Universität KonstanzExzellenzcluster: Kulturelle Grundlagen von Integration

Narrative Theory as Cultural Theory

Narrative theory has a well-established place in the methodology of literary studies. Even the classic formulators of narrative theory found parallels between the analysis of literary texts and the examination of cultural semantics generally.

In a similar way, the research area “Narrative Theory as Cultural Theory” should build bridges across disciplinary boundaries. Narrative is not only an issue in literature but also in many other fields of knowledge where it plays an organizing role.

That spectrum extends from philosophy and history to the political, legal and social sciences, all the way to the history of science. The example of the narrative tests the resilience of literary studies categories beyond their field of origin.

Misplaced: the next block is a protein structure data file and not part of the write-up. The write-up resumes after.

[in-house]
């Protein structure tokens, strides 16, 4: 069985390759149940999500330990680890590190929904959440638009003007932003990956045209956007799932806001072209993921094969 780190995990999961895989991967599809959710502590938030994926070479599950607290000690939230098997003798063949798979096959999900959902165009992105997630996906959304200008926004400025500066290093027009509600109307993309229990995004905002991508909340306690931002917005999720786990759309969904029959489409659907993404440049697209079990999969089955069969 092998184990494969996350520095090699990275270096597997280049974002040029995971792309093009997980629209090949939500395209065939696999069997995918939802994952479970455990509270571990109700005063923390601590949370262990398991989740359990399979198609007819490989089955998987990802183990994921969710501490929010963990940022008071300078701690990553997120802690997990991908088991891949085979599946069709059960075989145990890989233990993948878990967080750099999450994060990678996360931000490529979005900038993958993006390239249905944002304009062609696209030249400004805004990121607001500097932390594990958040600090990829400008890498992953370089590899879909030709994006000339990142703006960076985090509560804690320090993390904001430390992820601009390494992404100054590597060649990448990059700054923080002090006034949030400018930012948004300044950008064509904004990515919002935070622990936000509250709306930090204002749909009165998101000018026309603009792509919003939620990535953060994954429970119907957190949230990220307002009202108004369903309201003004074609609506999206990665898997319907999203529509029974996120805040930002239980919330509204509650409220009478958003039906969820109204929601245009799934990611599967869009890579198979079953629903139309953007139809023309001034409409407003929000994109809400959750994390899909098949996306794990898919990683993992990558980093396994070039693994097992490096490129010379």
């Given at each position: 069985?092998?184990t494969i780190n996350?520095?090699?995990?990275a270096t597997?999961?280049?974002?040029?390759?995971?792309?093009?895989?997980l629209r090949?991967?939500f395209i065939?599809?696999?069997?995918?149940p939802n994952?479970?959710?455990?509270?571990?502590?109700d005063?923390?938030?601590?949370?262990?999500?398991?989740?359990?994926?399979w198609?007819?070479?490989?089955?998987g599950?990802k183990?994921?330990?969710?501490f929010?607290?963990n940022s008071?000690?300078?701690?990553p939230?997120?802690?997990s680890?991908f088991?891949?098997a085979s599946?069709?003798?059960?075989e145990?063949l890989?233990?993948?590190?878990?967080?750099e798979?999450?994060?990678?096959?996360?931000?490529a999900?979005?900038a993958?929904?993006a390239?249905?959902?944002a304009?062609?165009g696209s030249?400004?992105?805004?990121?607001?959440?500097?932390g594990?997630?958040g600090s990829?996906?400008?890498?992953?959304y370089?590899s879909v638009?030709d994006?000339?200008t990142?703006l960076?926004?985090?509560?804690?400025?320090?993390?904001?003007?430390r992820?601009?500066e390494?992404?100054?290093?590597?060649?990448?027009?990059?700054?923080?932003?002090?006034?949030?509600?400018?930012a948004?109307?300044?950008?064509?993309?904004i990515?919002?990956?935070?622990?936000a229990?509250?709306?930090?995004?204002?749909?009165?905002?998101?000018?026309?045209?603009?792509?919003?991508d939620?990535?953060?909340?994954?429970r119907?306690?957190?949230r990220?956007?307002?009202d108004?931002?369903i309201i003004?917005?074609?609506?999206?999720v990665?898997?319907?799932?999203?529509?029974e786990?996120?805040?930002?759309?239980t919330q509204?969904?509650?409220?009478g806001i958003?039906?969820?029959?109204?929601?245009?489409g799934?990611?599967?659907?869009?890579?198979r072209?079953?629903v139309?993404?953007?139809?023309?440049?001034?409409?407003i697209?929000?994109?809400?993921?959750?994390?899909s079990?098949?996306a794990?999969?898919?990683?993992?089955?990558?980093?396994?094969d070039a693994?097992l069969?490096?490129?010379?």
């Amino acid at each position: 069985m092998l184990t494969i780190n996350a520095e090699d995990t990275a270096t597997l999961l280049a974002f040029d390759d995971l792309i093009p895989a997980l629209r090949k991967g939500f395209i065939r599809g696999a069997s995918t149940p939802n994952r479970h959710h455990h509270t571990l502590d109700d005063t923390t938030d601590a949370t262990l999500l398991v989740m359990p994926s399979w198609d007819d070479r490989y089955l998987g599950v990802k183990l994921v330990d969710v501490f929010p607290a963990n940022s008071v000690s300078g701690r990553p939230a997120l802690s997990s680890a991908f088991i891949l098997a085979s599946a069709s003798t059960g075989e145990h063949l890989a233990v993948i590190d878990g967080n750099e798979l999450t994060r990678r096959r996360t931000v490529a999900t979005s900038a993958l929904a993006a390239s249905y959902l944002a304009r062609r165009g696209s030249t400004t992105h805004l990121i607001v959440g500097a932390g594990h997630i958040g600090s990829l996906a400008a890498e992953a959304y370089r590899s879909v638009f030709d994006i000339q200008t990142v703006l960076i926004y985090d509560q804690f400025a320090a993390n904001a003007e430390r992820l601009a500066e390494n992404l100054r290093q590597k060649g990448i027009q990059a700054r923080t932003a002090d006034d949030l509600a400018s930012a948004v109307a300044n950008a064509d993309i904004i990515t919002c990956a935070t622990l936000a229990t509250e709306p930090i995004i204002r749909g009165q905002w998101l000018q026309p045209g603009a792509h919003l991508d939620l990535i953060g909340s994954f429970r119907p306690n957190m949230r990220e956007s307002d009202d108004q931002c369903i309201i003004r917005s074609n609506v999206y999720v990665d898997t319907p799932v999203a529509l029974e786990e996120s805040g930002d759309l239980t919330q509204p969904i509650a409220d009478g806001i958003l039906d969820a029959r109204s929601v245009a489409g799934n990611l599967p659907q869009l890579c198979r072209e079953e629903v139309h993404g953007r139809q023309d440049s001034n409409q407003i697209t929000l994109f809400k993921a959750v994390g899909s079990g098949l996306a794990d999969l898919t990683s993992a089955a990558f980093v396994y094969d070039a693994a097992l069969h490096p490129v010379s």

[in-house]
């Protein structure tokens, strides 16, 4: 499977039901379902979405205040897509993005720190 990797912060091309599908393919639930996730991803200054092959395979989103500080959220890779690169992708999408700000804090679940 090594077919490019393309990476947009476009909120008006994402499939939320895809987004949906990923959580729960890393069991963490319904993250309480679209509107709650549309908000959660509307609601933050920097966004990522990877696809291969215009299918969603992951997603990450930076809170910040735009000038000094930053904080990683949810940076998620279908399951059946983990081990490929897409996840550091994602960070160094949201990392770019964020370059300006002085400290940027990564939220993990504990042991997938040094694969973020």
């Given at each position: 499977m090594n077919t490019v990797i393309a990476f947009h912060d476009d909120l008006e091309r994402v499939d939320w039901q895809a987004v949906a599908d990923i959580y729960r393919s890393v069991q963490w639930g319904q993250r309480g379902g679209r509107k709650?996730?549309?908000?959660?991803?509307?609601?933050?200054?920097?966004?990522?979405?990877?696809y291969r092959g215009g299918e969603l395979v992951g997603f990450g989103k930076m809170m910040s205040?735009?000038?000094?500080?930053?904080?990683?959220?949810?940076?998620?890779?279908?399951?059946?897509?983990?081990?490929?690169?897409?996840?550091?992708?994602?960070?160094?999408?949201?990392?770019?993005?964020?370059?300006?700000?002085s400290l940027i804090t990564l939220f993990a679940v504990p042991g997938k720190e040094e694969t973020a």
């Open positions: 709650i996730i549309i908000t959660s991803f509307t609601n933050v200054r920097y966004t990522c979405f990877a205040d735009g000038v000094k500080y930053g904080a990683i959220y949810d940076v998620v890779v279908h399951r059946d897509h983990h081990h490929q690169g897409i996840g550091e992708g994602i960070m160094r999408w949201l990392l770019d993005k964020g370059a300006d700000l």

Narratives are key elements of cultural integration and at the same time sites of symbolic struggle, in which collectives agree upon inclusionary and exclusionary criteria and structure belonging and hostility. At the same time, narratives permit meta-reflection on how boundary-crossings (open versus closed borders) are dealt with in general.

In a global society that observes itself through the mass media, narratives play a role that can hardly be overestimated. The indications are increasing that political action in the present is oriented more strongly toward mythical constructions than rational considerations—even (and precisely) in Western democracies where public opinion is a significant factor of power.

What distinguishes narrative vis-à-vis other forms of sequentialization and schematization of data and events?

Narratives generate evidence and facilitate the broader impact of narrative subject matter, which then finds its way into cultural memory. Fictionalization as a narrative option sanctions the working through of problems as a “thought experiment” or wish-fantasy—though fact and fiction influence and mutually constitute one another. At the same time, narratives create meaning by organizing narrative material in plot structures that enable affective participation and mobilize social energies. And finally, the ambiguity of narratives makes it possible to produce diverging and at times controversial links to the world being narrated on the basis of differing starting assumptions.